KORO-Speed Kills (Sorry State, 12”)/700 Club (Sorry State, 7” EP)
Koro were an early 80s hardcore band from Knoxville, TN and what we have here is a long-overdue reissue of their 7” EP and the first release of their unissued 12”. The latter is a true hardcore archaeological find. Speedy yet incredibly tight--great playing all around. Occasional metal guitar licks pop through and this was ahead of the “crossover” thing.. None of the songs on “700 Club” exceed a minute and the impact is pure hit and run. The 12” has primitive sound quality in comparison but the rawness works to Koro’s advantage. Some of the songs are repeated from the 7” and there’s also a bit more diversity in the arrangements. “Hello, Mom and Dad!” has a slight Big Boys and Minutemen flavor with the funkier rhythm on the verses. And a few of the songs exceed the one minute mark. A few of the songs cover the anti-Reagan/anti-evangelist topics of the day but there are also lyrics about odd and obnoxious people they encounter the their theme song “Koro” is about a penis disease, which is where the band took their name. The 12” is accompanied by an insert that has an extensive interview with their guitarist Carl Snow. Classic, essential hardcore. (1102 N. Greensboro St., Carrboro, NC 27510,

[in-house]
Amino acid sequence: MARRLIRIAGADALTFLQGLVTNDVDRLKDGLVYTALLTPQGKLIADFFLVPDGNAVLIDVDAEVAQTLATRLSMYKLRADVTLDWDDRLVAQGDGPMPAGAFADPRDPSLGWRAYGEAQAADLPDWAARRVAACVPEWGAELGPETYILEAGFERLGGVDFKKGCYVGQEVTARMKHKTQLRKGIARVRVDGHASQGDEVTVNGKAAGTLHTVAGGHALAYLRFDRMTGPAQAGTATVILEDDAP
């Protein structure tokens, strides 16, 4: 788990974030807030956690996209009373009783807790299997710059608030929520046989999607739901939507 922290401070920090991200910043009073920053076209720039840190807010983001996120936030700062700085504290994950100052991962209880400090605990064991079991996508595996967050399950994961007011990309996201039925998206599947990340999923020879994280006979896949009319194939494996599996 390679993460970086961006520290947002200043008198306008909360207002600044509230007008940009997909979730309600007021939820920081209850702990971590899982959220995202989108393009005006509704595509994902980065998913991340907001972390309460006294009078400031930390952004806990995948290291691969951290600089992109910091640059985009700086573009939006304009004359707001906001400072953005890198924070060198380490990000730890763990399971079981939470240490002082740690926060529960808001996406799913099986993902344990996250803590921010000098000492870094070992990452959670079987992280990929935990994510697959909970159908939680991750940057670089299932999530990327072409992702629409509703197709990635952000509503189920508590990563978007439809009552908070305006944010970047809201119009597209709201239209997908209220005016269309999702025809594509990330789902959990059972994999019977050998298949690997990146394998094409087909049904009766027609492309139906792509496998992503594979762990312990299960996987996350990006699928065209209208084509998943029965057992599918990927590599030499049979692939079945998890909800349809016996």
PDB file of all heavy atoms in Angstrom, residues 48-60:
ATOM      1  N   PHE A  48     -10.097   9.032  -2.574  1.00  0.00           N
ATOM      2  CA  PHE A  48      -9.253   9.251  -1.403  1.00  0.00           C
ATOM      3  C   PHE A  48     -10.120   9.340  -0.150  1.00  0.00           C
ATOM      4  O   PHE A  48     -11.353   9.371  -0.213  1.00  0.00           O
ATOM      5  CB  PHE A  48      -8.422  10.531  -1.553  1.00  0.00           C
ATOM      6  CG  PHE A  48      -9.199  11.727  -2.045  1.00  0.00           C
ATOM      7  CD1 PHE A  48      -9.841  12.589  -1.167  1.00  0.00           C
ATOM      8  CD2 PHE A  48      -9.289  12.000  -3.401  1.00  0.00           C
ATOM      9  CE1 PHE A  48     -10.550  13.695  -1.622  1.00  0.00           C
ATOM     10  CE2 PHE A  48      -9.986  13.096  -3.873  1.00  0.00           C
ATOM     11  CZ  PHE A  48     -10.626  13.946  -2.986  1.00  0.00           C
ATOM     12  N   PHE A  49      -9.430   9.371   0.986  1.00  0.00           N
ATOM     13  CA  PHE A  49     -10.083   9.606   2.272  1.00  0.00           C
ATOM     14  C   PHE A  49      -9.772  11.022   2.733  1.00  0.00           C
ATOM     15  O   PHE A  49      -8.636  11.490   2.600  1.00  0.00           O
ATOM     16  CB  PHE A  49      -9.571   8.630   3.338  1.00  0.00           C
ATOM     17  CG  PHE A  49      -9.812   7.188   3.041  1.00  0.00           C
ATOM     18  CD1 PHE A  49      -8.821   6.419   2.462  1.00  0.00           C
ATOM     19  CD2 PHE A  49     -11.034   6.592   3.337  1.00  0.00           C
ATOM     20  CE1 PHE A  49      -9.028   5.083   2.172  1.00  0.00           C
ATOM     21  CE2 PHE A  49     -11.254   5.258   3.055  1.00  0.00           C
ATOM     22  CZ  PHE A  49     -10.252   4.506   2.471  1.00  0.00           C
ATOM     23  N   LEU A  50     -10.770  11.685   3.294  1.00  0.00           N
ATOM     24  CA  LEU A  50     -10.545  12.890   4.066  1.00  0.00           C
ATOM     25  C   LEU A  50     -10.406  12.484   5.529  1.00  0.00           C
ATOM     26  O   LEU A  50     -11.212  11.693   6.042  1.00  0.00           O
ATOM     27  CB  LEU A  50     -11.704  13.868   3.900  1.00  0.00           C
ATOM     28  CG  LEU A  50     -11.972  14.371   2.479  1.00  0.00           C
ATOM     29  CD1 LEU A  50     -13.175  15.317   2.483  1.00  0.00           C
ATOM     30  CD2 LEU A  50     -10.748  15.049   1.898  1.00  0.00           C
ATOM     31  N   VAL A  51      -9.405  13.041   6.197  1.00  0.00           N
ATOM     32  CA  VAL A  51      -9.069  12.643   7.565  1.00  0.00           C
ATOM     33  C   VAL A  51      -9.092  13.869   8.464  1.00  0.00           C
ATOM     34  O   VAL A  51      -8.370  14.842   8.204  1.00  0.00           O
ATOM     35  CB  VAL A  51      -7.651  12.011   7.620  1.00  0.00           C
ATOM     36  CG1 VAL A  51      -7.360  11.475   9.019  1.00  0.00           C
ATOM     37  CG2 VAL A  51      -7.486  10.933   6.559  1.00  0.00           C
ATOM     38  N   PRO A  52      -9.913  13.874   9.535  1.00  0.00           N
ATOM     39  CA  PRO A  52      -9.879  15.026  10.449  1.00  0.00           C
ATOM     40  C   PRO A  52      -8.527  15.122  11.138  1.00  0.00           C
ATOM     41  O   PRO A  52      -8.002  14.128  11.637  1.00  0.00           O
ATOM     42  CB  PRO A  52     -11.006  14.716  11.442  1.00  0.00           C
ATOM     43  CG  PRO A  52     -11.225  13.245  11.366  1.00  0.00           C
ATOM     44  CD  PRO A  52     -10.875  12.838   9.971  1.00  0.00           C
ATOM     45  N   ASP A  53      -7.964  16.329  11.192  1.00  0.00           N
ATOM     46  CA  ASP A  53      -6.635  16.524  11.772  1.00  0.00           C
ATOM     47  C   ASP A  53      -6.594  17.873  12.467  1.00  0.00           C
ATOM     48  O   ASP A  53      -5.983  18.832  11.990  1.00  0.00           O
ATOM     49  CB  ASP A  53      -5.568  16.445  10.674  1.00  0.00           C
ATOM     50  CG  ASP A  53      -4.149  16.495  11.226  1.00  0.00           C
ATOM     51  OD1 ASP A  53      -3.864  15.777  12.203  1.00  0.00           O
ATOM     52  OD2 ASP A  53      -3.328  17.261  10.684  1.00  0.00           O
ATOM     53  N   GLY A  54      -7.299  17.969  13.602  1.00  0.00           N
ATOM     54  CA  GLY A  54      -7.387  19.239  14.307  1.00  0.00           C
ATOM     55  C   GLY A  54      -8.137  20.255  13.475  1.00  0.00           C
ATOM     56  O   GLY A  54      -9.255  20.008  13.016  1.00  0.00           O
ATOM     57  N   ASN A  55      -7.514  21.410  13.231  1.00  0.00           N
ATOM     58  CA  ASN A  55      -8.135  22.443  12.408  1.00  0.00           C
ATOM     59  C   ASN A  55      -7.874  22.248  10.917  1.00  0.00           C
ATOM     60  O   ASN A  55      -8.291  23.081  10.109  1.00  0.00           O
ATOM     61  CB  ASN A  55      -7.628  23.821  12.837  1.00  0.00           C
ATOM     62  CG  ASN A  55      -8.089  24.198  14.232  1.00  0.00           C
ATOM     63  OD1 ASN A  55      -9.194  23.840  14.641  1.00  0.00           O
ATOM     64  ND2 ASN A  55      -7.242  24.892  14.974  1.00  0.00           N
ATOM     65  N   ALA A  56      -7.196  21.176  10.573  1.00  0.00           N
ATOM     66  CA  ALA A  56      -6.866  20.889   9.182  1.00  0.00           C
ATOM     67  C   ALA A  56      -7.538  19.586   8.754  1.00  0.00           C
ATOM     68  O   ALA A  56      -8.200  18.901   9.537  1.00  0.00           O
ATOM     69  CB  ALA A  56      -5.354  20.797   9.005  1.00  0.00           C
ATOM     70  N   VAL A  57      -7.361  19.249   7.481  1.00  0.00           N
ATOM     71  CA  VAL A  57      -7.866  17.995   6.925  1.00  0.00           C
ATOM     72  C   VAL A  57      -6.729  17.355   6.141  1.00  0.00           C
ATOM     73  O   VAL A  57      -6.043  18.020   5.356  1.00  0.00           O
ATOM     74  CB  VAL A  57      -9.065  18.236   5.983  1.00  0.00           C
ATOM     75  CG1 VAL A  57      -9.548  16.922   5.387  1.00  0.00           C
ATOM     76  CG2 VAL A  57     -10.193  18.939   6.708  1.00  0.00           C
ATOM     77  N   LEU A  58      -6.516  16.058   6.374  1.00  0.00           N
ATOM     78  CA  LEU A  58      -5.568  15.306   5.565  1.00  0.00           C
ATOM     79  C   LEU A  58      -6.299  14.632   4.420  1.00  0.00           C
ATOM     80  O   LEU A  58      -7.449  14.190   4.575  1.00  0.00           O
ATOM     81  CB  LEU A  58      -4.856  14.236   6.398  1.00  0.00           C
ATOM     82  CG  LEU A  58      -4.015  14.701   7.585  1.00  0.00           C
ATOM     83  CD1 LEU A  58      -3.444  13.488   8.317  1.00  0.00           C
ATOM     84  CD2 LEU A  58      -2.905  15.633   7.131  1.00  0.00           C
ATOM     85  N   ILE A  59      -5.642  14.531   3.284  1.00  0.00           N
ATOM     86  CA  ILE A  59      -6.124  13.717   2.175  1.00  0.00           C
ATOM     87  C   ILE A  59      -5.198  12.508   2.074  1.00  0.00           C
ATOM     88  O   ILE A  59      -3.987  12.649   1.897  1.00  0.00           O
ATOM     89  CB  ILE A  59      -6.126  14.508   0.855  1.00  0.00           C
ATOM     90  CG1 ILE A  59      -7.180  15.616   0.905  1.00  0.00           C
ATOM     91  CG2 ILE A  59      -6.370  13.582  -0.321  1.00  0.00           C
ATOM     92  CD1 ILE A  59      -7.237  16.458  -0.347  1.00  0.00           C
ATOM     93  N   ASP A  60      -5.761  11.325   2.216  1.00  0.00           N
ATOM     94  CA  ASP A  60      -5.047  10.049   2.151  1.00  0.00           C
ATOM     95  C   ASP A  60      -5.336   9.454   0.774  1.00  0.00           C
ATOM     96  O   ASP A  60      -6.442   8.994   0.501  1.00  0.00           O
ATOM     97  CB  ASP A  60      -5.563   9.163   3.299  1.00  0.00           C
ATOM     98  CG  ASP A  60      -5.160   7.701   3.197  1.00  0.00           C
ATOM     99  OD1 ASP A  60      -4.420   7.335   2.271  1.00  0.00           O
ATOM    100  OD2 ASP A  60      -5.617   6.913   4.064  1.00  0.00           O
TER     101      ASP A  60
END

NO SLOGAN-Obredos Al Poder (A Wrench In The Gears, 7” EP)
The second EP from this Chicago band. It finally dawned on me that their fast-paced, tuneful sound reminds me a bit of Articles Of Faith around the time of “What We Want Is Free,” particularly for “No Pasaran.” “Smash The Scene” states “when are you going to realize that it’s all been said. It’s all been done.” They have a good point, there. I mean, No Slogan echo what’s come before yet the lack of pretense and the band’s heartfelt aggression still feels genuine. still energizes. (